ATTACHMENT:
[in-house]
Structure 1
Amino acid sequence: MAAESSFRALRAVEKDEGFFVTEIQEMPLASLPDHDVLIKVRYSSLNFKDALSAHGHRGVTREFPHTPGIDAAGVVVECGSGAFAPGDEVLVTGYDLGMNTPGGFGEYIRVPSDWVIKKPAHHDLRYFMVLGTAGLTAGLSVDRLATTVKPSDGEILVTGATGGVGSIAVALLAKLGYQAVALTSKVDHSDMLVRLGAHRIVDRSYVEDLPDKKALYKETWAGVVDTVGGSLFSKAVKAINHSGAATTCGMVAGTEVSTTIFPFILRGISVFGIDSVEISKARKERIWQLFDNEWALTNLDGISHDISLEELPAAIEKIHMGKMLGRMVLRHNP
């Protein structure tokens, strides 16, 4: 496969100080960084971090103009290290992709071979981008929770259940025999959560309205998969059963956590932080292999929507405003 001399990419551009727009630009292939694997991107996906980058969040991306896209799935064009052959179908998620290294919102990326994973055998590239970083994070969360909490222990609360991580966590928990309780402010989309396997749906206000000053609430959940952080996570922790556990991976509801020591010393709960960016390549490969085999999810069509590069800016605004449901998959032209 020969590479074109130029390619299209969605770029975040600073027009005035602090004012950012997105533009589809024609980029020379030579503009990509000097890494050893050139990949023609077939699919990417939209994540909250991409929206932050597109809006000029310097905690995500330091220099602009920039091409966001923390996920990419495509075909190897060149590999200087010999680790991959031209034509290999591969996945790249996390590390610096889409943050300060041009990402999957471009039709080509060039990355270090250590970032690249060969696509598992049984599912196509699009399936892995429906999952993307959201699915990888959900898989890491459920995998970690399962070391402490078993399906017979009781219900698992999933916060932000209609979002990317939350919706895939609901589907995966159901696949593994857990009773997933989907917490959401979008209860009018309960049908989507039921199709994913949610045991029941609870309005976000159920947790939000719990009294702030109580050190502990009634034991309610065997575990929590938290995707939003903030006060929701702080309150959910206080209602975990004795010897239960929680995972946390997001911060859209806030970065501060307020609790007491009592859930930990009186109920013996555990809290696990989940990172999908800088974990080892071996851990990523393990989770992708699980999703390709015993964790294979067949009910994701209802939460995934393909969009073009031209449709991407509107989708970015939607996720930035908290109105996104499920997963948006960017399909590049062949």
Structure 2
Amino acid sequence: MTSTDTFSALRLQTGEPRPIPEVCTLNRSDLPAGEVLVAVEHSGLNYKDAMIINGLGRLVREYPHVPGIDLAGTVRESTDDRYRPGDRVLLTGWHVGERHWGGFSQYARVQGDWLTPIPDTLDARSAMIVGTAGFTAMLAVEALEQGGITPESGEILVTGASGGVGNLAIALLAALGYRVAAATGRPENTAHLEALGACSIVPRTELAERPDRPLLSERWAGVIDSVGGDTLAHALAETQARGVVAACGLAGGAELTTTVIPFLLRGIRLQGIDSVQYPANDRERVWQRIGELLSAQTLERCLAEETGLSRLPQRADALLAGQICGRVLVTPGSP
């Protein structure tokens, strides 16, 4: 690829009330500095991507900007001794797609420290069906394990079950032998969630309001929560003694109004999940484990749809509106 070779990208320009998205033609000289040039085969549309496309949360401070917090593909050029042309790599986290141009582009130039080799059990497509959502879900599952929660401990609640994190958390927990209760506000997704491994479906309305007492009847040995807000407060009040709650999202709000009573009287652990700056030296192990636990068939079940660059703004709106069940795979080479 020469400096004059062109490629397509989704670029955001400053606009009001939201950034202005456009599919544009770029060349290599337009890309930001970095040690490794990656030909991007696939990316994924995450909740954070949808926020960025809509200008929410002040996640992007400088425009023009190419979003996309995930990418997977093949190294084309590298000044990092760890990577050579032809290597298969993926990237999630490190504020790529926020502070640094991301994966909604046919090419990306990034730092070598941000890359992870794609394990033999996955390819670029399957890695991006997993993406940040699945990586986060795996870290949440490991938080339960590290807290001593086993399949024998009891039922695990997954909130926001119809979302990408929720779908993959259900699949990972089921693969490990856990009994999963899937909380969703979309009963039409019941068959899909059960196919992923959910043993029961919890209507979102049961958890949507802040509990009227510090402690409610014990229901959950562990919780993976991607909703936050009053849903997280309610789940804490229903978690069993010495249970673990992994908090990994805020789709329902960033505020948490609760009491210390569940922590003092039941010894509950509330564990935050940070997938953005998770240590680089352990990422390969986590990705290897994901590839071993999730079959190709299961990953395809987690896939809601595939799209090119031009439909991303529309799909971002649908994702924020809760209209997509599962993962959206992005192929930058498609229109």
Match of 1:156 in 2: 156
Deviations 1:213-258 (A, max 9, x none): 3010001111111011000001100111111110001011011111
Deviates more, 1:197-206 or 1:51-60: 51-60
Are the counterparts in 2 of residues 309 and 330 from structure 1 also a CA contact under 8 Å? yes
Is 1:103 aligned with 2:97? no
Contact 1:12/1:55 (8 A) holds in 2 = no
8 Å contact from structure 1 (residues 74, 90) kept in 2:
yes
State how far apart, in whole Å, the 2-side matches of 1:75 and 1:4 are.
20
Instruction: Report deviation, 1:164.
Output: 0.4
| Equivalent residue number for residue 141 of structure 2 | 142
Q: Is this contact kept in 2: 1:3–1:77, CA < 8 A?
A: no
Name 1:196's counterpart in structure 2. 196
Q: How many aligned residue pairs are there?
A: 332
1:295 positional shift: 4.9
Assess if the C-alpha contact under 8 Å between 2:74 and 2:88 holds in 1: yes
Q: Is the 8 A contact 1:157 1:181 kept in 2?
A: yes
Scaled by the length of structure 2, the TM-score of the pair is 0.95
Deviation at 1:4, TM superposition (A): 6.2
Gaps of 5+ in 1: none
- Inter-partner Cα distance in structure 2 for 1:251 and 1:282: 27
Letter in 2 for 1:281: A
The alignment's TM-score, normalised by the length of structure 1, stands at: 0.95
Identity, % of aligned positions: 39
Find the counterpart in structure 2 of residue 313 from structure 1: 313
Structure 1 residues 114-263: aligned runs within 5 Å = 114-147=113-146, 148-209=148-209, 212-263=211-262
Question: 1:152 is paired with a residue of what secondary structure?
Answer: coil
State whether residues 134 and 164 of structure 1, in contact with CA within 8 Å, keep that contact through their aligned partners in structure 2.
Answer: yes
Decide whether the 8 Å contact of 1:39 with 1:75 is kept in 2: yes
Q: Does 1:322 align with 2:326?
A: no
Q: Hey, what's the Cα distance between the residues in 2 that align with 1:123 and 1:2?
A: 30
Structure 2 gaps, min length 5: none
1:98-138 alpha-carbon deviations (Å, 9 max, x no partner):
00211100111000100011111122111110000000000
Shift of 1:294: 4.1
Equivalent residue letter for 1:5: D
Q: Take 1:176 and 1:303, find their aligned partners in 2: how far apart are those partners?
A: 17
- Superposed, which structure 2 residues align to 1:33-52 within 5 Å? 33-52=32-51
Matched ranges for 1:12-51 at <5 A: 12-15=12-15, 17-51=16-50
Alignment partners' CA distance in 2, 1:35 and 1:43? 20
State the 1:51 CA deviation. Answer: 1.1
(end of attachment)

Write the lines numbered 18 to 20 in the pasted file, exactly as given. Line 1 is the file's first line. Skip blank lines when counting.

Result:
Instruction: Report deviation, 1:164.
Output: 0.4
| Equivalent residue number for residue 141 of structure 2 | 142